Linoleum is made of natural ingredients. It’s usually a combination of cork dust, tree resins, wood flour, ground limestone, linseed oil, and pigments. With the correct sealant, it’s water-resistant and fire retardant, and not to mention long-lasting. Linoleum can take a lot of wear and tear. It’s also easy to color and can be worked into any design. It’s not only easy and cheap to repair but incredibly durable. Linoleum has been popular for decades and it’s easy to see why. It’s the natural alternative to vinyl and first took over in the 1940s. The numerous benefits of linoleum are therefore historically well-known. 

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More Recycled Options

Environmentally-conscious designers are investigating more and more with recycling, upcycling and finding a new use for just about anything, and they haven’t stopped with flooring. Sustainable floors are constantly being created in plenty of new and exciting ways.

Glass Tiles

Glass tiles are made from recycled bottles, varying in colour. They are extremely effective in the kitchen or bathroom. The recycled glass captures the light wonderfully and helps to scatter it around the room. Glass is also very durable as a tile material due to its non-absorbent quality. It won’t suffer from damp or mould making it perfect for bathrooms. Glass tiles can be used to create elegant mosaic designs, making them very popular. They can get a little bit slippery, so be warned about the pros and cons. They might also take a little more time and money to install, but the stunning results will be well worth it. Your original floors will impress for years to come. 

Polished Concrete

What could be more sustainable than making the most of the original underlying concrete itself? Designers are experimenting with this sub-flooring trend more and more. Recycled materials such as glass and ceramic can be added to the effect and the concrete can be brought out in colours. The original flooring is painted or tinted to the owner’s desire and left on display to give a forever-lasting, striking impact. Concrete will never need replacing and will take any weight. 

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Sustainable Carpets

Carpets can be made from recycled materials as well. There has been a lot of experimentation with this idea, from used fabrics to even plastic soda bottles. Many carpets are also made from naturally sustainable materials such as quality wools, sisal, and seagrass.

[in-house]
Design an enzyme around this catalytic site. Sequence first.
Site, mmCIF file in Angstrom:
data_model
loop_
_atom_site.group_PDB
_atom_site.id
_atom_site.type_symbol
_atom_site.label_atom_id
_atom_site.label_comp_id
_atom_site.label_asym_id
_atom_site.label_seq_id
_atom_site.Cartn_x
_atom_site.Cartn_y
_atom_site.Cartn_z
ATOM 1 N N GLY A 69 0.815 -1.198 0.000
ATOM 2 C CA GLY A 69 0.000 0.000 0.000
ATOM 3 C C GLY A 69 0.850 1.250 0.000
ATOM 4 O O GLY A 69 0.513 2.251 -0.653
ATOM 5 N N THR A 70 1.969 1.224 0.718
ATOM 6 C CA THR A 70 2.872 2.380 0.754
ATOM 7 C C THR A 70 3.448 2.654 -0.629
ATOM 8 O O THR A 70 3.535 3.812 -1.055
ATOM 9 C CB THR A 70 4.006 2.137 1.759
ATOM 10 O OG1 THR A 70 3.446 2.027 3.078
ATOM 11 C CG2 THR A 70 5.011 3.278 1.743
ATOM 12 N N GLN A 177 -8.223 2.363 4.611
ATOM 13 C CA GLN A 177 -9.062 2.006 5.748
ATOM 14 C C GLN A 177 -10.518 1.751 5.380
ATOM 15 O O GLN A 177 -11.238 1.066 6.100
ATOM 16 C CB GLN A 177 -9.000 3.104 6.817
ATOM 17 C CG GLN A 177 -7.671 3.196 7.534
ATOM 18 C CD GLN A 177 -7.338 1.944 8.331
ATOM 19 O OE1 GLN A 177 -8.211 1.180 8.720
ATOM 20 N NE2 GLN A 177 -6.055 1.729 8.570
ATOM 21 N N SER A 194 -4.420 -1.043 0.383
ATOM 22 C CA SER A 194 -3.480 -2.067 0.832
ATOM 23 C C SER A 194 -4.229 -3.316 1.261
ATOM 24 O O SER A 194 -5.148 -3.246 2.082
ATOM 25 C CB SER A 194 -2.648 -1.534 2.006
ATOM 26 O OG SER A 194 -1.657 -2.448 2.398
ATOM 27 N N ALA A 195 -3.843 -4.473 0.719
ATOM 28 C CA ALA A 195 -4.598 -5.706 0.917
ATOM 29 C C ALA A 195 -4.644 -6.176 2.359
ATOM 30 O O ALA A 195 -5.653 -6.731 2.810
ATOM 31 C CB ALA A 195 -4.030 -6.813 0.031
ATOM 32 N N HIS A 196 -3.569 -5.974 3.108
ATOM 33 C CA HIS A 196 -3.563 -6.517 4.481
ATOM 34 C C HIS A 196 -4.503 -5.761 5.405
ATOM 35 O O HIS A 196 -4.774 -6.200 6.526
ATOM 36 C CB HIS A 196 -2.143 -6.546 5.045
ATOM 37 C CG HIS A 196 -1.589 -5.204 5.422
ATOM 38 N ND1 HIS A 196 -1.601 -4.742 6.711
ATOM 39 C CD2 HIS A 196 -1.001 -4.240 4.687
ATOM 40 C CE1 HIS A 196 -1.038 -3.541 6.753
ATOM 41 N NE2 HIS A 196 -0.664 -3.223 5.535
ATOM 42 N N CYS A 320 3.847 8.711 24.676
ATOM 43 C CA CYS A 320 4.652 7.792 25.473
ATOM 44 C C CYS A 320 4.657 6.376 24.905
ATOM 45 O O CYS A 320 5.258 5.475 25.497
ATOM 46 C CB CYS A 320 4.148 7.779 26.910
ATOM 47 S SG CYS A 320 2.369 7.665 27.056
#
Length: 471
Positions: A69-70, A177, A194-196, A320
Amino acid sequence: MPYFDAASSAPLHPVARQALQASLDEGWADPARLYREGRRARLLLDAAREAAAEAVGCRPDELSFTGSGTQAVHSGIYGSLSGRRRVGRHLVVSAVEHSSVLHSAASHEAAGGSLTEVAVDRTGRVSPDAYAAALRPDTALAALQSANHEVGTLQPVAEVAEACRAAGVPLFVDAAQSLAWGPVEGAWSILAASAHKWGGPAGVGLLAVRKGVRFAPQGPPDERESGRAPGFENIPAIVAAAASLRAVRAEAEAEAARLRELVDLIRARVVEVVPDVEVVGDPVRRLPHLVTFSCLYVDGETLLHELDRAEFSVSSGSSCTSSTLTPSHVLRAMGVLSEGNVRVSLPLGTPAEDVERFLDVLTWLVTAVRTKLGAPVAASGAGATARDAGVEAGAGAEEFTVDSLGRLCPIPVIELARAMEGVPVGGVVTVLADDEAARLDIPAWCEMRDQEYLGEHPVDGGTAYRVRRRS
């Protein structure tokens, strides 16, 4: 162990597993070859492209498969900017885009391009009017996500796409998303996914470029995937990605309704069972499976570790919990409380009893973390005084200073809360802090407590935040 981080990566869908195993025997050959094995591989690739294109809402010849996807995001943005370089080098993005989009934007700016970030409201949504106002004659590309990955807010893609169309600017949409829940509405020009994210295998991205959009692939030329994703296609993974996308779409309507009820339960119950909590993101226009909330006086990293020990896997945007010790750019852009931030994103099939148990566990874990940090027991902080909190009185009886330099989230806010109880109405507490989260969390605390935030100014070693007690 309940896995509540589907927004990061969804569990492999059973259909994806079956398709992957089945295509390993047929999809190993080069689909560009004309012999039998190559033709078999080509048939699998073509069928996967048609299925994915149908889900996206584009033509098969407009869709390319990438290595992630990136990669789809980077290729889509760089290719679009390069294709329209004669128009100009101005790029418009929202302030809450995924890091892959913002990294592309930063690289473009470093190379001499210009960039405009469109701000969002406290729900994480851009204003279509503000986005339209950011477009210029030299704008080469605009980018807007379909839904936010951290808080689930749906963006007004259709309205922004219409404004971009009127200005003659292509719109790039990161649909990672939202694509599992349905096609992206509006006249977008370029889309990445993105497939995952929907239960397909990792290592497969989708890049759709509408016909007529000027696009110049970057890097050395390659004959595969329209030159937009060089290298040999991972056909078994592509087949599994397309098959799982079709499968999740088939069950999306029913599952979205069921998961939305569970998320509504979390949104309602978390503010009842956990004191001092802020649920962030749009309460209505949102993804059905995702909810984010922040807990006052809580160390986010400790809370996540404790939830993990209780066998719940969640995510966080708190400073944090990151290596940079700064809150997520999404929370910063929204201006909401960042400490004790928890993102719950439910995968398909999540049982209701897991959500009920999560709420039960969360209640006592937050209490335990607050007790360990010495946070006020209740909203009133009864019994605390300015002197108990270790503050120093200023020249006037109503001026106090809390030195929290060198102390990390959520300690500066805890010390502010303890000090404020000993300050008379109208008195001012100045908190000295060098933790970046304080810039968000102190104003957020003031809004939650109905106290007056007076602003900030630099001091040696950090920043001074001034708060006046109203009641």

Sisal Carpets

These particular carpets are made from the agave sisalana. The plant is thought to have originated in Mexico but now is found all over the world, making it a very sustainable resource. The sisalana plant fibres are woven into a rope-like texture. This is then coated to make it stain-resistant. The result is very durable and adds a bold amount of texture. This doesn’t make sisal carpets uncomfortable however and they will be softened in time underfoot. 

Jute Rugs

Jute rugs are woven from plant fibres too and the make-up is similar to that of burlap. Jute comes from the corchorus plant which is tall and flowering. The majority of the plant is cultivated along the Ganges river, where it thrives on the monsoon weather. Jute rugs are best for low-traffic areas in the home however as they are not as durable as sisal carpets. The fibres are much finer and more delicate. This means jute rugs and carpets are very soft and suitable for bedroom decorations. 

There are new trends coming out all the time in sustainable home decor, so keep watching this space. Designers and manufacturers are constantly finding new renewable sources for your interiors, and their growing popularity means added value to your home. Flooring is no exception with plenty of options. Make sure you make the right choice for you. With proper maintenance and care, you can build an eco-friendly home that you can enjoy for years to come, without compromising on style.